Prior to her interview at E3 this week with Splatoon 2 producer Hisashi Nogami, Kotaku‘s Cecilia D’Anastasio asked me if there was anything I wanted to know.
Screenshot: Nintendo (VGMuseum)
“Yeah,” I said. “Ask how Yoshi’s Island got its hand-drawn style.” Nogami, you see, was credited as a character designer on that legendary 1995 Super Nintendo game, which was finally re-released as part of the SNES Classic last year. Surely he’d have some anecdotes to add about how they pulled off that gorgeous, unique look.
As it turns out, he did. And the answer is: Very carefully, pixel by pixel.
I’ll let Nogami take it from here.
“I was actually an artist on the Yoshi’s Island team myself. The person who was my supervisor at the time, who was leading the artwork side of things, Mr [Shigefumi] Hino, said, ‘Why don’t we try to do this hand-drawn style this time?'”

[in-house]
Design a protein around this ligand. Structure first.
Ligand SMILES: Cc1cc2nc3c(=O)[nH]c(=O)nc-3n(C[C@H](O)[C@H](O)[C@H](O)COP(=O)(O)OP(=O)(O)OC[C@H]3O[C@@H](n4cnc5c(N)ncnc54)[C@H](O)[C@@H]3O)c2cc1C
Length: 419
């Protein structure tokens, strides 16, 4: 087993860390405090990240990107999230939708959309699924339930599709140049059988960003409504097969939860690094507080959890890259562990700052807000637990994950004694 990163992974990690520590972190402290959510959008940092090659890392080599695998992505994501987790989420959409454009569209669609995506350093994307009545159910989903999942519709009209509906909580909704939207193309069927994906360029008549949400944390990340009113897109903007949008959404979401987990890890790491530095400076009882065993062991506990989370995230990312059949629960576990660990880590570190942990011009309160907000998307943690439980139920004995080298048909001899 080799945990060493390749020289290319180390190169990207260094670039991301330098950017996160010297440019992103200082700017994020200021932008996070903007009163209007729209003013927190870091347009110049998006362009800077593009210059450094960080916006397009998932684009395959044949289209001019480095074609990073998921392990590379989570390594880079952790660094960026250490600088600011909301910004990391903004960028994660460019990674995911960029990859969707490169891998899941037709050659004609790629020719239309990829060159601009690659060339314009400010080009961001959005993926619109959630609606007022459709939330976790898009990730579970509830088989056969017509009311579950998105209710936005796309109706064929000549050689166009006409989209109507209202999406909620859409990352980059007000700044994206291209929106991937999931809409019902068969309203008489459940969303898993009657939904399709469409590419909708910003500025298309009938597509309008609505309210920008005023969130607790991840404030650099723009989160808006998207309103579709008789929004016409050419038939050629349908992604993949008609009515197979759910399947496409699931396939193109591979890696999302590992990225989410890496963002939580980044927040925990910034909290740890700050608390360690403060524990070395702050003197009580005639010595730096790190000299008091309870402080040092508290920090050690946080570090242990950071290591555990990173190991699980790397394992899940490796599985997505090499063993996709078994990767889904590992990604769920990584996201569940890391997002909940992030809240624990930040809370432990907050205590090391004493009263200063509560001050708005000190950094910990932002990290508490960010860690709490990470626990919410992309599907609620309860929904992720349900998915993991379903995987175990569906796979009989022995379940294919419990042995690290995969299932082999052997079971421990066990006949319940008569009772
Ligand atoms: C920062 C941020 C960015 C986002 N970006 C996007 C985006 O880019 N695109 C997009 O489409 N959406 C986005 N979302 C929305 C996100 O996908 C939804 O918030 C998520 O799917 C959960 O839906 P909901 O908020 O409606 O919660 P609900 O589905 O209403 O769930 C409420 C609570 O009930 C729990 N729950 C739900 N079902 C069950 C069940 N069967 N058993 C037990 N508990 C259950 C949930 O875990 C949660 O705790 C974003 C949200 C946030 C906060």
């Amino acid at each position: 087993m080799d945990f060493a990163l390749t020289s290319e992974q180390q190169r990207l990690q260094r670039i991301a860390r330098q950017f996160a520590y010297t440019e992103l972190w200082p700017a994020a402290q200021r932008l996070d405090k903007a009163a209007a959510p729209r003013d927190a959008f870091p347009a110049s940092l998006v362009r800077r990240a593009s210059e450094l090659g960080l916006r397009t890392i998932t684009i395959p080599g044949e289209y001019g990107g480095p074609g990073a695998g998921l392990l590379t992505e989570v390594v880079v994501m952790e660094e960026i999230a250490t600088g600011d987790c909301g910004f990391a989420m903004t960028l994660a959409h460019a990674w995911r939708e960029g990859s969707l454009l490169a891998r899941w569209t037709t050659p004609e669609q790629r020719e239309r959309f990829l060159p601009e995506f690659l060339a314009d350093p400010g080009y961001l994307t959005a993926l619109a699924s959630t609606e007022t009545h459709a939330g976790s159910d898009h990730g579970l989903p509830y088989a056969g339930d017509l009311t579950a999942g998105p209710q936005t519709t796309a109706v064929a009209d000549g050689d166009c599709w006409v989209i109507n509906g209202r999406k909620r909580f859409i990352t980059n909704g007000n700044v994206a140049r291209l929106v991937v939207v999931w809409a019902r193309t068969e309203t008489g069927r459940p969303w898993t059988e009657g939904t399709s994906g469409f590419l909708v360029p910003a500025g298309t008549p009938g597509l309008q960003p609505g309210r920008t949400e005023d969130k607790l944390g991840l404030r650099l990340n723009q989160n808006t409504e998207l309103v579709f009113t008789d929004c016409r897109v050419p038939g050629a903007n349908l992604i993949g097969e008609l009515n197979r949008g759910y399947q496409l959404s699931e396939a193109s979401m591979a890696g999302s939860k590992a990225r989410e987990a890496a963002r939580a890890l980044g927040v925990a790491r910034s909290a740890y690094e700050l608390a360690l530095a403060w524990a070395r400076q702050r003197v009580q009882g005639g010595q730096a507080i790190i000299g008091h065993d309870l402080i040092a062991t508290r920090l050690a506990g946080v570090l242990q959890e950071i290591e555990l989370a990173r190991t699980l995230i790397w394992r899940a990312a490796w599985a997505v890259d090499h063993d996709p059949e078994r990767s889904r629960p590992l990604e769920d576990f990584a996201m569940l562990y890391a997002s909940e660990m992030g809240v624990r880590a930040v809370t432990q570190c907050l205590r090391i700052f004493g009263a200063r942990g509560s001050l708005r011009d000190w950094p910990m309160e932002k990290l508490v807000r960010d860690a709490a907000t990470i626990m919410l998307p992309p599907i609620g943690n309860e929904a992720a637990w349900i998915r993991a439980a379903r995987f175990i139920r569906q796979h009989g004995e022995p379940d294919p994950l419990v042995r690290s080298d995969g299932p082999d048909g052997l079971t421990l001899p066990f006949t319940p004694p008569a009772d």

“We did a number of trials where we’d think, OK, let’s do some actual hand-drawn drawings, scan those, and then figure out how we can take these scanned images and turn them into Super Nintendo graphics.”
“After repeating that process a number of times, we kind of hit on a way we could take these scanned-in images and use what was in our head during the process of drawing them and what we were seeing on the page to actually get them on screen and keep them looking like hand-drawn images.”
“What that involves is, when we made images for the Super Nintendo, we’re actually filling in spaces. In this case it was a pixel at a time, basically to match the scanned image we’d hand drawn, and carefully fill them in to make sure they still looked like that. It was kind of like I had a hand-drawing rendering engine in my head that was guiding my hand while I was filling in pixels, to make sure they looked that way.”
“It took quite a bit of time.”